Fred and Linda Dylla Donate Daughter’s Painting to the Niels Bohr Library & Archives


Fred and Linda Dylla have donated Stellarator III, a painting by Fred’s daughter, artist Kim Dylla, to the Niels Bohr Library & Archives, where it is now hanging in the reading room. In the exhibition brochure for “Visionary Distillations,” guest curator Sarah Tanguy notes:

“In Kim Dylla’s art, physics and technology go hand-in-hand with a sophisticated understanding of computer graphics and a hyperrealistic style. Having a physicist as a father predisposed her to seeing the inherent beauty in laboratory equipment and machinery and to exploring space, light, and time. With college degrees in art and computer science, she honed her artistic skills by copying old masters.

“Her current ‘machine’ paintings, though void of people and narrative, celebrate human creativity and the pursuit of knowledge. Existing shapes of high-energy physics equipment and laboratories are pared down to their essential forms evoking French master Paul Cezanne’s famous idiom: ‘Everything in nature adheres to the cone, the cylinder, and the cube.’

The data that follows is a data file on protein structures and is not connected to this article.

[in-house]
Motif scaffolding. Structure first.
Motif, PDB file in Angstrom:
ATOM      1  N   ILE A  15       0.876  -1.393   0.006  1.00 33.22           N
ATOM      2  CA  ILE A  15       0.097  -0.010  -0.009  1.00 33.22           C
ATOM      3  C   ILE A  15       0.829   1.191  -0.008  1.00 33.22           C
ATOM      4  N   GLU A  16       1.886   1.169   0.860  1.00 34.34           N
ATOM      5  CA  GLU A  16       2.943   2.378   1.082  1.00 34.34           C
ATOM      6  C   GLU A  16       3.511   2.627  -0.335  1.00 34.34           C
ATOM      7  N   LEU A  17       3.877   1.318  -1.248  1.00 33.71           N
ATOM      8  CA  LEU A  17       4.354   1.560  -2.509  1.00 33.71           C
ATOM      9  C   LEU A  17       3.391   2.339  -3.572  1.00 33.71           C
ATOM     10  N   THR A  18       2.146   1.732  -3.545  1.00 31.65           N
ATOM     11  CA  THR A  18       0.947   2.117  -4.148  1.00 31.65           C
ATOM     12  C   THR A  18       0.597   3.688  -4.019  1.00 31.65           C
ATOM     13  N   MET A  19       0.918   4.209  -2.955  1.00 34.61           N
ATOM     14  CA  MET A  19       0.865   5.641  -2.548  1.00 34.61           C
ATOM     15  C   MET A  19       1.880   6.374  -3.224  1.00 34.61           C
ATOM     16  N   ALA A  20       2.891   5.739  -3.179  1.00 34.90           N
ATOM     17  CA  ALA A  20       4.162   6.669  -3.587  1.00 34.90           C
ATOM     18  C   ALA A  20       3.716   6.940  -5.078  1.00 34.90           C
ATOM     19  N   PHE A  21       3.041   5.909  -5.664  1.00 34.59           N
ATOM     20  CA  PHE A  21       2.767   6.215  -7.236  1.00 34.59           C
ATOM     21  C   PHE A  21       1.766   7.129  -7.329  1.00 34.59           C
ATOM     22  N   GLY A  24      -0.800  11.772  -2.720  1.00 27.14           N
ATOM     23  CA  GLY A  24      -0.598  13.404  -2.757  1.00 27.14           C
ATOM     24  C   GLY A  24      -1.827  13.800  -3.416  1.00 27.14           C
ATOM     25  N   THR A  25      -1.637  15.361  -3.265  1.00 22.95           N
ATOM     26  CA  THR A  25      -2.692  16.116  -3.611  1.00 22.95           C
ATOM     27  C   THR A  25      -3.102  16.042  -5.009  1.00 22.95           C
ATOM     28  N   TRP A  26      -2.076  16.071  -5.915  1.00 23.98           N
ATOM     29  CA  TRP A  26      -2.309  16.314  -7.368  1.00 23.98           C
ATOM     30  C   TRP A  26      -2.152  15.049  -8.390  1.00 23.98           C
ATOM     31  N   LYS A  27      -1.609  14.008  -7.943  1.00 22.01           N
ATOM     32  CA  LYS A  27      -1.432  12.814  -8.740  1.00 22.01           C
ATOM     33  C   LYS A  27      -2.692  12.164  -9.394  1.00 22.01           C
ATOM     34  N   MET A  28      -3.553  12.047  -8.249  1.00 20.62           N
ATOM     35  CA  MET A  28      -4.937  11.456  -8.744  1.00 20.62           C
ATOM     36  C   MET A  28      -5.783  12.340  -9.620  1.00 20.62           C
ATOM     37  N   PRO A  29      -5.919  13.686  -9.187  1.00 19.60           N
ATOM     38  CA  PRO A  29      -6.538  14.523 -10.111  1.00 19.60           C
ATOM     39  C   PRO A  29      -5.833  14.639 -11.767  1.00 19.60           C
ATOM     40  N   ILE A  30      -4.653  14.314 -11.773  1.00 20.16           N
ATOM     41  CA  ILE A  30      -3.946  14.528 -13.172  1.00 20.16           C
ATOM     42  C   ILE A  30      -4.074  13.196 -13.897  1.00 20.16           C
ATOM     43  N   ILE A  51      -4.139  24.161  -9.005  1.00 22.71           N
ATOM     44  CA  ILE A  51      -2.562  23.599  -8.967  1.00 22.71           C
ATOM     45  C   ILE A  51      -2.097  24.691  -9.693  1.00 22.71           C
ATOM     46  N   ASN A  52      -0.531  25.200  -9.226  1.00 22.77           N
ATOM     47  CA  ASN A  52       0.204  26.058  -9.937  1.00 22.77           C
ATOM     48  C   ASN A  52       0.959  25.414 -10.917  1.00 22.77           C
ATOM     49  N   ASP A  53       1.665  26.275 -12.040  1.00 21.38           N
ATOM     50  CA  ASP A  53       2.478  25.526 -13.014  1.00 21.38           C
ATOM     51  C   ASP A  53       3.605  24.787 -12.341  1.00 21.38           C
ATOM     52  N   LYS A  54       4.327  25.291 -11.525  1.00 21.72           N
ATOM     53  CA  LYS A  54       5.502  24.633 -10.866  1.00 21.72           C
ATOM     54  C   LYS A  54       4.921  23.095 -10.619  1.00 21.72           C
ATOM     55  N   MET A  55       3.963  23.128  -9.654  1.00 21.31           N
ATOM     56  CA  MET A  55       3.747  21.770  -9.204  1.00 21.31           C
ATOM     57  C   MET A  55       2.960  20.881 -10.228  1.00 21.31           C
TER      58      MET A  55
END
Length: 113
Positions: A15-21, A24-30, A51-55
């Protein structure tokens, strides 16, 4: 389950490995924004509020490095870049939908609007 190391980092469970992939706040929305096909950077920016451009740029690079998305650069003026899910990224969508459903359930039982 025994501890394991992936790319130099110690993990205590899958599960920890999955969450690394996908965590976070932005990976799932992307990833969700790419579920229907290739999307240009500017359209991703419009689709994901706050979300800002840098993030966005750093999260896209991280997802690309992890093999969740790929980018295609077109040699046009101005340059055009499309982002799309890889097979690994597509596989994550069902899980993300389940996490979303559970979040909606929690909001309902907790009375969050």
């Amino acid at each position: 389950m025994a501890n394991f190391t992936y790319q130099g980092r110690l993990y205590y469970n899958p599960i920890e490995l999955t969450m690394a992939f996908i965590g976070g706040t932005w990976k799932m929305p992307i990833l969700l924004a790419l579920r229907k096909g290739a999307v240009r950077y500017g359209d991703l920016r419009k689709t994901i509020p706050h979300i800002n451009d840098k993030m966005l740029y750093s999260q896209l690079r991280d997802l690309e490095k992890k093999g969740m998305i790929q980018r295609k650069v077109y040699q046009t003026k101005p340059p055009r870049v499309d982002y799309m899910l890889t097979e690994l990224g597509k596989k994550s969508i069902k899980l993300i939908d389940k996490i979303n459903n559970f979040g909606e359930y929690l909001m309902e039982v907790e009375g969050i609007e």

Any suggestion of her subjects’ intended use surrenders to the seductive interplay of light and form. Silent, cool and forceful, the machines assume new identities and suggest a layered, enigmatic reality of their own. Dylla generates her compositions by cropping passages of zoomed-out photographs. These in turn serve as observational references to the final paintings. Up close, the exacting photorealism loosens into painterly abstraction. Reflected surfaces coalesce into blobs of color, and edges soften, becoming permeable upon occasion.”

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